Importance of involving children in the different steps of meal preparation

Food parenting practices and their association with child nutrition risk status: comparing mothers and fathers

Establishing healthful dietary habits in early life is important as childhood dietary patterns have been shown to track into later life. The practices parents use when feeding their children may influence children’s dietary habits. These practices, also known as food parenting practices, refer to the behaviours or actions (intentional or unintentional) implemented by parents that influence their child’s attitudes, behaviours or beliefs about food1.

Most research examining how food parenting practices are associated with children’s dietary intake has focused solely on mothers. Recent changes in women’s employment patterns, increasing number of single fathers, and evolving social norms regarding fathers’ roles in the home, suggest that research should also examine fathers role in household food parenting practices2, 3.
We conducted an observational study looking at the associations between food parenting practices and child nutrition risk.

Cross-sectional analysis of thirty-one, 2-parent families with 40 preschool-age children

Using data from the Guelph Family Health Study, we compared mothers’ and fathers’ food parenting practices scores to their children’s nutrition risk status. Food parenting practices were assessed using a modified version of the Comprehensive Feeding Practices Questionnaire (CFPQ), which evaluates 11 identified food parenting practices. Child nutrition risk status was evaluated using a parent-reported NutriSTEP score. We ran linear regression models, utilizing a Generalized Estimating Equation (GEE) approach to account for children from within the same household. Household income, child age, child sex, and parental body mass index (BMI) were included in the models as covariates.

Children involved in meal preparation have lower nutrition risk status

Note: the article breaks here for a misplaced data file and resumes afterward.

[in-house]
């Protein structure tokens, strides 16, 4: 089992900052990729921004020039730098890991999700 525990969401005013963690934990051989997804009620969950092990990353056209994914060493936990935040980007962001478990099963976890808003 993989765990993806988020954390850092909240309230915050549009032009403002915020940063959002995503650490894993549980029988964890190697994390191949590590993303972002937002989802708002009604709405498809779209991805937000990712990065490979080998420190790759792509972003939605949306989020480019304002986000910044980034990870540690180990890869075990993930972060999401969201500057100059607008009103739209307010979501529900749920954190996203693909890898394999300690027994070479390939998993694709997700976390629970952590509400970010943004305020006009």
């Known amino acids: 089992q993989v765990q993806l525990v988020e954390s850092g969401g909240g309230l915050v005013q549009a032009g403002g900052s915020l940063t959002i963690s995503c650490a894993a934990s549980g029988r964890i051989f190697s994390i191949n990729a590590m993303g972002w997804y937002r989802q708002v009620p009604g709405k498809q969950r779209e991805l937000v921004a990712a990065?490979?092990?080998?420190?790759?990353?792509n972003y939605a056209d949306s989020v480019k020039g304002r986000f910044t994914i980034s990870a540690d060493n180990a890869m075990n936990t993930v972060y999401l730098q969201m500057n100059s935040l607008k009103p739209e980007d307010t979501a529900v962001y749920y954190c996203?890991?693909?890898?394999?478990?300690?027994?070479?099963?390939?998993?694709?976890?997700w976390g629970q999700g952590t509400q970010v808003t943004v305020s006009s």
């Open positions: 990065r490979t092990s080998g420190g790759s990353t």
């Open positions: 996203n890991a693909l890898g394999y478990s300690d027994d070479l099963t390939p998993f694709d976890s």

We found that of the 31, two-parent families included, mothers and fathers who (a) provided a healthy home food environment, and (b) involved children in meal planning and prepping, were more likely to have children with lower nutrition risk status. Parents who used controlling food parenting practices, i.e., using food as a reward for behaviour (mothers) and pressuring children to eat and restricting certain foods (fathers) were more likely to have children with a higher nutrition risk status. In fathers, it was found that those who modelled healthy eating behaviours were associated with children with lower nutrition risk status; this same association was not found among mothers.

Recommendations for parents at home

Our study findings compliment results from existing studies underscoring the association between specific food parenting practices and child health. In addition, our findings suggest that future research and interventions aimed at understanding or improving food parenting practices should engage both mothers and fathers.

Although the cross-sectional design of this study cannot support causal relationships between these practices and child nutrition status, there are many ways parents can practice healthful food parenting in their home. These include encouraging both parents to:

  1.  Provide a home environment that supports healthy dietary habits (i.e., provide a variety of foods that promote a balanced and nutritious diet)4;
  2. Involve young children in planning meals, grocery shopping, and meal prep activities;
  3. Model healthy eating behaviours in front of children (e.g., refrain from voicing a distaste for strong tasting vegetables, try new foods in front of children)5;
  4. Avoid coercive food parenting practices (e.g., using pressure to encourage children to eat or using treats to reward good behaviour)1,4,6,7.

    Based on: Watterworth, J.C., Hutchinson, J.M., Buchholz, A.C., Darlington, G., Randall Simpson, J.A., Ma, D.W.L., & Haines, J. (2017). Food parenting practices
    and their association with child nutrition risk status: comparing mothers and fathers. Appl Physiol Nutr Metab, 42: 667-671.

  1. Vaughn, A.E., Ward, D.S., Fisher, J.O., Faith, M.S., Hughes, S.O., Kremers, S.P.J., et al. 2016. F Nutr. Rev. 74(2): 98–117.
  2. Bianchi, S.M. 2000. Demography, 37(4): 401–414.
  3. Yeung, W.J., Sandberg, J.F., Davis-Kean, P.E., and Hofferth, S.L. 2001. J. Marriage Fam. 63: 136–154.
  4. Melbye, E.L., Øgaard, T., and Øverby, N.C. 2013. Appetite, 69: 23–30.
  5. Holley, C.E., Haycraft, E., and Farrow, C. 2015. Appetite, 87: 215–222.
  6. Galloway, A.T., Fiorito, L., Lee, Y., and Birch, L.L. 2005. Parental pressure, dietary patterns, and weight status among girls who are “picky eaters”. J. Am. Diet. Assoc. 105(4): 541–548.
  7. Haycraft, E.L., and Blissett, J.M. 2008. Obesity, 16(7): 1552–1558.
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